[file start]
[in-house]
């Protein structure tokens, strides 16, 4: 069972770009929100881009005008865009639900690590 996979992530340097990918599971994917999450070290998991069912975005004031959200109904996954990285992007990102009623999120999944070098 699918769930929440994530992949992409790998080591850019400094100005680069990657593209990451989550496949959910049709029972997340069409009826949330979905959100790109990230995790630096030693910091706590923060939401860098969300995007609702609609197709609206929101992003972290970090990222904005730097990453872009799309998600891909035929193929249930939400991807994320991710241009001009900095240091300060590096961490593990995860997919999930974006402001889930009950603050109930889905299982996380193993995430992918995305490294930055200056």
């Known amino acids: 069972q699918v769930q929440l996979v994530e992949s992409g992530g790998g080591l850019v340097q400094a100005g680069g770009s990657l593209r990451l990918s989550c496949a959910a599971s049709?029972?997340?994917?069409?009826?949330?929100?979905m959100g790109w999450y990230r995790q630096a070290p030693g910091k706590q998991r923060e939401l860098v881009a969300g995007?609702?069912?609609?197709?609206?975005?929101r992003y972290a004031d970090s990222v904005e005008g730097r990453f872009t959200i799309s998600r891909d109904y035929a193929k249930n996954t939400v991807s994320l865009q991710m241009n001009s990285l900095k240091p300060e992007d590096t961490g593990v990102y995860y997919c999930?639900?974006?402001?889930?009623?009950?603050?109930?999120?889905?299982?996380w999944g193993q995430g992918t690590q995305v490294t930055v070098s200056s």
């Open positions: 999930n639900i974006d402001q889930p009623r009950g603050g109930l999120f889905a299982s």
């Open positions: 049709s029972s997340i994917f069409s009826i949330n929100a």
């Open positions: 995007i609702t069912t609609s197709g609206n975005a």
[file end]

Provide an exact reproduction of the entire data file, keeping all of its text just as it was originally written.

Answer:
[in-house]
């Protein structure tokens, strides 16, 4: 069972770009929100881009005008865009639900690590 996979992530340097990918599971994917999450070290998991069912975005004031959200109904996954990285992007990102009623999120999944070098 699918769930929440994530992949992409790998080591850019400094100005680069990657593209990451989550496949959910049709029972997340069409009826949330979905959100790109990230995790630096030693910091706590923060939401860098969300995007609702609609197709609206929101992003972290970090990222904005730097990453872009799309998600891909035929193929249930939400991807994320991710241009001009900095240091300060590096961490593990995860997919999930974006402001889930009950603050109930889905299982996380193993995430992918995305490294930055200056």
């Known amino acids: 069972q699918v769930q929440l996979v994530e992949s992409g992530g790998g080591l850019v340097q400094a100005g680069g770009s990657l593209r990451l990918s989550c496949a959910a599971s049709?029972?997340?994917?069409?009826?949330?929100?979905m959100g790109w999450y990230r995790q630096a070290p030693g910091k706590q998991r923060e939401l860098v881009a969300g995007?609702?069912?609609?197709?609206?975005?929101r992003y972290a004031d970090s990222v904005e005008g730097r990453f872009t959200i799309s998600r891909d109904y035929a193929k249930n996954t939400v991807s994320l865009q991710m241009n001009s990285l900095k240091p300060e992007d590096t961490g593990v990102y995860y997919c999930?639900?974006?402001?889930?009623?009950?603050?109930?999120?889905?299982?996380w999944g193993q995430g992918t690590q995305v490294t930055v070098s200056s």
């Open positions: 999930n639900i974006d402001q889930p009623r009950g603050g109930l999120f889905a299982s």
């Open positions: 049709s029972s997340i994917f069409s009826i949330n929100a």
């Open positions: 995007i609702t069912t609609s197709g609206n975005a």